Making that decision to cross over to the [percieved] dark side by becoming a referee is often a tough one to make, for the misconception is that refereeing lacks the social elements and skills required, when compared to the likes of playing. This couldn't be further from the truth, but we will get to that in another blog.
In the Sutherland Shire, our region is fortunate to have one of the larger amateur football associations in Australia and our role at the SSFRA is to provide and develop referee's to support football in the Shire.
Nick Peak, Troy Ritchie and Paul Carson following their Champion of Champions Grand Final in 2018.
Lets explore why you should consider becoming a referee:
With refereeing, you get to decide how much running you will actually do! Now, this comment is likely to infuriate many players, but truth be told, you can get away with a light jog and the occasional "run" over 90 minutes. To be very clear, we don't endorse a lack of running, and actually encourage all of our referees to keep up with play, however refereeing does allow for various levels of fitness and is a great way to keep the body and mind active.
The type of fitness required to referee a game of football is very different to that of a player. There is no physicallity with refereeing, its pure stamina, which is often ideal for those who have endured reoccuring injuries or are trying to maintain a level of fitness. Did you know: On average, a referee will get through 7KM's of movement over a typical 90 minute game, that increases for the higher graded games, were a fitter referee will reaching upwards of 10KM's per game!
Earn some pocket money!
Refereeing is a great way to earn some extra pocket money! As a cadet (under 18 years of ages), its a great way to earn an income for those still attending school in a way that won't interfere with your Monday - Friday education. In addition, you earn an income by being involved in the game you love, and develop skills that are transferable later in your working career (think adaptability, interpersonal and communication skills, situational management). We also get paid monthly, which is a great way to fund that next shopping expedition!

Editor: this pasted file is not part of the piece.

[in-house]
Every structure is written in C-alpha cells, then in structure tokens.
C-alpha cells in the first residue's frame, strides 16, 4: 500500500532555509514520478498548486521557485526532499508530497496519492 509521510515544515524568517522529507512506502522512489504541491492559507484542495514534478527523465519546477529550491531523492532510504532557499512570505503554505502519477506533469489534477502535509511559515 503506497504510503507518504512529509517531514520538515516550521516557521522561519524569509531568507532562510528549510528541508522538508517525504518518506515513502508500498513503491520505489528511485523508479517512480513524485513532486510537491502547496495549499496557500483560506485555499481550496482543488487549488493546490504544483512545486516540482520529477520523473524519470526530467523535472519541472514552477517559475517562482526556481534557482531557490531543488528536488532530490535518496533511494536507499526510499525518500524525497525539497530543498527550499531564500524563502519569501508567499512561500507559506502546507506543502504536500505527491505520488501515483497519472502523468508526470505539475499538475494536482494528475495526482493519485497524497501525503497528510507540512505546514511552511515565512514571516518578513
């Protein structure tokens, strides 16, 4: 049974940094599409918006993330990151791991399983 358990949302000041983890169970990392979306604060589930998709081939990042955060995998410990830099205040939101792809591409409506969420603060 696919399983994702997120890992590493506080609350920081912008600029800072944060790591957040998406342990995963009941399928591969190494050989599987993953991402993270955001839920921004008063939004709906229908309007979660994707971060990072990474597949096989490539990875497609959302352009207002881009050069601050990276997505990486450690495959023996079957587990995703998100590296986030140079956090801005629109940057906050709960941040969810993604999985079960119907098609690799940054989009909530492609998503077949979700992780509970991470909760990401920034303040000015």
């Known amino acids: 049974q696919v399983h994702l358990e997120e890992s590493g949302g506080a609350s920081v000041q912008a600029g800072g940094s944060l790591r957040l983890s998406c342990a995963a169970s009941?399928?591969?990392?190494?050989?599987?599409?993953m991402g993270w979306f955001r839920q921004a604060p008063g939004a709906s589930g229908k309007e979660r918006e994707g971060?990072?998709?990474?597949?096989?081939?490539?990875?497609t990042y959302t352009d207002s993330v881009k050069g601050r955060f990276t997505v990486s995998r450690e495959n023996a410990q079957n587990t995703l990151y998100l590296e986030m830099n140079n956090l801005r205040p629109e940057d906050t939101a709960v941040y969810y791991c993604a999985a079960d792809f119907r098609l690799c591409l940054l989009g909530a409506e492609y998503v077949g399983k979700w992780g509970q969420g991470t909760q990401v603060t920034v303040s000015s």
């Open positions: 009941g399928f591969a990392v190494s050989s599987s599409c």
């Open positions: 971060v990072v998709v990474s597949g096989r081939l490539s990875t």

For our adult referees, its not so much about the money however because we do recieve a payment, the pocket money recieved from our refereeing often funds that summer holiday, which is always a nice way to thank our partners for letting us out of the house on a Sunday afternoon!
Whilst the Laws of the Game are fairly static (that is, they dont change that often) there is so much to learn from the practical applications to these laws. There are plenty of caveats within the Laws of the Game, that ensure we always have something new to learn. Then there is positioning, our body language, the way we approach each and every situation, which is scrutinized through self reflection and assessment!
Football is a passionate game; passion evokes emotion. (Emotions aren't exactly rational), which means we as referees we are required to learn how to interpret each situation and apply the correct 'game manager' technique to ensure all 22 players remain on the pitch and still safely enjoy the game! This learning is ultimately the development and fine tuning of our 'Man-Management' skills which are skills transferrable into all walks of life and future employment.
Manage your own Schedule
Unlike playing, refereeing provides flexibility and doesnt require a weekly commitment. You can decide to referee all weekend or you can choose to be available for 2 hours on a Sunday morning. It is completely up to you. We provide an easy to use online portal for referee's to log in and select the times when they are not available and appoint you to games based on your availability.
It goes without saying, the more you are available, the more you will get out of your refereeing experience and the better your appointments will be!
Socialise with friends
Just like playing, we work as a team and prioritise our social calendar to ensure we are always having a good time. The banter is strong and we enjoy sharing our experiences (aka war stories) over suitable cold beverage, especially on a Sunday afternoon. As a close knit community, every referee keeps an eye out for one another and by doing so, allows us to meet some pretty interesting people.
Given refereeing is a volunteering role, on top of these many considerations, your contribution on the pitch helps support grassroots football. So what do you say, are you going to make the right decision?
Find out how to become a referee in 2020